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Cablegate: Input for 2005 President's Report On Agoa

This record is a partial extract of the original cable. The full text of the original cable is not available.


E.O. 12958: N/A

REF: STATE 24616

1. AGOA Trade and Investment: Mozambique made limited
progress in expanding trade and investment under AGOA during
2004, but has potential to expand AGOA-related exports next
year, particularly in the agriculture and fisheries sectors.
There were AGOA success stories in 2004, such as Indian Ocean
Aquaculture (IOA), a shrimp aquaculture company based in the
northern province of Cabo Delgado, which exported shrimp to
the U.S. for the first time in late 2004. IOA, which employs
close to 500 employees, expects to dramatically increase
exports under AGOA in 2005. Agricultural exports remained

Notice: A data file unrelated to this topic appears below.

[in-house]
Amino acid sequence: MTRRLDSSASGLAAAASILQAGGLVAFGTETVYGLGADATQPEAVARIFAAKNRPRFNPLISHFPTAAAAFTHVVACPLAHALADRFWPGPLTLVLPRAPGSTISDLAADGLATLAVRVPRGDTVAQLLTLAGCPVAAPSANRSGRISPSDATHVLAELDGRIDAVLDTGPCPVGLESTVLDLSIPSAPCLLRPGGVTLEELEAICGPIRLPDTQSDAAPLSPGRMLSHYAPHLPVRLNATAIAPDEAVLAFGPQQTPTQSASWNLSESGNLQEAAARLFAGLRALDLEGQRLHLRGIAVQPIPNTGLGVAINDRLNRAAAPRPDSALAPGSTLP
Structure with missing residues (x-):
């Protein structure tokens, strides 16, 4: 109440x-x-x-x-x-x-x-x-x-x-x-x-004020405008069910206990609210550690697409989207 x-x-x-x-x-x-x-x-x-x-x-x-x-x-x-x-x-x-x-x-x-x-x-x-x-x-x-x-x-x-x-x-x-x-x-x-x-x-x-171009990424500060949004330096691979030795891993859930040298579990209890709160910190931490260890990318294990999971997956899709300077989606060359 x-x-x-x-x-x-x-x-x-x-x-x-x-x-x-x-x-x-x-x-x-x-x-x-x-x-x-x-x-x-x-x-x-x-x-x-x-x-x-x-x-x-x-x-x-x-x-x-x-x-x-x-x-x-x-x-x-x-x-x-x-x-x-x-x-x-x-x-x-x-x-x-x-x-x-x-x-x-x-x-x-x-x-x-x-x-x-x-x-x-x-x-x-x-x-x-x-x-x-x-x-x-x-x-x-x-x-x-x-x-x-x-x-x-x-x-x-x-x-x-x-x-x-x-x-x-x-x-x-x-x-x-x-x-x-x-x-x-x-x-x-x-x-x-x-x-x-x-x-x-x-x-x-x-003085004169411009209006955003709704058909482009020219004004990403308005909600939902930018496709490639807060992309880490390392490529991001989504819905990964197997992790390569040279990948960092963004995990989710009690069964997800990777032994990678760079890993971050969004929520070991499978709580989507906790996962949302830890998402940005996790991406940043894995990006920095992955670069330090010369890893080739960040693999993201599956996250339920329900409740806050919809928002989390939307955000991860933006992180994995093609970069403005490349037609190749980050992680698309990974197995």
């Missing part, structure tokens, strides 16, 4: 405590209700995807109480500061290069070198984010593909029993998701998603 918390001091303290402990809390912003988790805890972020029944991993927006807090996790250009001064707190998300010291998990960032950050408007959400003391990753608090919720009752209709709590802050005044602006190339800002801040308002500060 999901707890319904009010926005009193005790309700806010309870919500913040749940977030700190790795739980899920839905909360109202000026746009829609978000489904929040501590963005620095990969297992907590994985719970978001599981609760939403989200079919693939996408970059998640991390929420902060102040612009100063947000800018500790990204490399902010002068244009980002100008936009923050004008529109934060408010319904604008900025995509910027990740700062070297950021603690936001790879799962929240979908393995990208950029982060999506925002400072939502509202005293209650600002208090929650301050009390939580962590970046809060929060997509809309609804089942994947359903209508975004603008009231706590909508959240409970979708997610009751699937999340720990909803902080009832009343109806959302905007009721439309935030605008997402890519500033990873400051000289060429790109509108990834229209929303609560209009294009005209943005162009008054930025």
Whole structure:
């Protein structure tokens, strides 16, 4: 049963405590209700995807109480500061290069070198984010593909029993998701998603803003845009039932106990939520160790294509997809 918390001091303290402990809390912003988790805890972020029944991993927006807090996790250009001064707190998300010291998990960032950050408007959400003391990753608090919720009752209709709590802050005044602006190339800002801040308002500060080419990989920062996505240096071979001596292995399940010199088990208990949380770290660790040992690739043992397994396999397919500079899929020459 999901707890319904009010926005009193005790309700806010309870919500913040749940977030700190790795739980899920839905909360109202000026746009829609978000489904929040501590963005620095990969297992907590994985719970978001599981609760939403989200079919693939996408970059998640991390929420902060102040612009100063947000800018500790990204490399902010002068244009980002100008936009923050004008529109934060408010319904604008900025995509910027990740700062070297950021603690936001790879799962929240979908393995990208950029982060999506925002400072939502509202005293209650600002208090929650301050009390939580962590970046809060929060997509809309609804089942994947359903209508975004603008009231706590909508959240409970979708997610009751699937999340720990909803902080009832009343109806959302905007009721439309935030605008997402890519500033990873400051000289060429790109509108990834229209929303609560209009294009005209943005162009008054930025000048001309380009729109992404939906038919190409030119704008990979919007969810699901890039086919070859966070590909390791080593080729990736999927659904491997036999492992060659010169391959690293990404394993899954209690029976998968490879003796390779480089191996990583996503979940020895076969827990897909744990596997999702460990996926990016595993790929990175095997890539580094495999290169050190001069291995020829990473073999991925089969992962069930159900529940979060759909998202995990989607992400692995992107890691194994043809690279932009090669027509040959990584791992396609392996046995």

low in 2004, with $160,000 in tobacco exports and $90,000 in
cashew nut exports going to the U.S. under AGOA. Exports of
cashew nuts, paprika, tobacco and other agricultural products
may increase in 2005 due to technical assistance being given
to growers. Apparel/textile imports decreased slightly, from
$2.5 million in 2003 to $1.9 million in 2004. Key producers
such as BELITA, the only garment producer exporting to the
U.S., are expanding operations and expect to increase exports
next year. On March 3, 2005 a US-Mozambican Bilateral
Investment Treaty will enter into force, a step that augurs
positively for increased AGOA-related trade and investment in
the near future.

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2. AGOA-related Outreach Efforts: USAID is currently
implementing a variety of trade capacity building efforts in
Mozambique. These initiatives focus on overcoming
constraints to investment and trade through technical
assistance and institutional support. In 2004 the Embassy
hosted a series of digital video conferences on expanding
exports under AGOA, with emphasis on making links to
small-scale handicraft and apparel producers who can benefit
from AGOA. Representatives from the Ministry of Industry and
Commerce, the Ministry of Culture, the Mozambique Export
Promotion Institute, and private sector businessmen in the
garment and handicraft sector participated in the discussions
on the Mozambican side. On the U.S. side, representatives of
the U.S. Department of Commerce, apparel/garment buyers and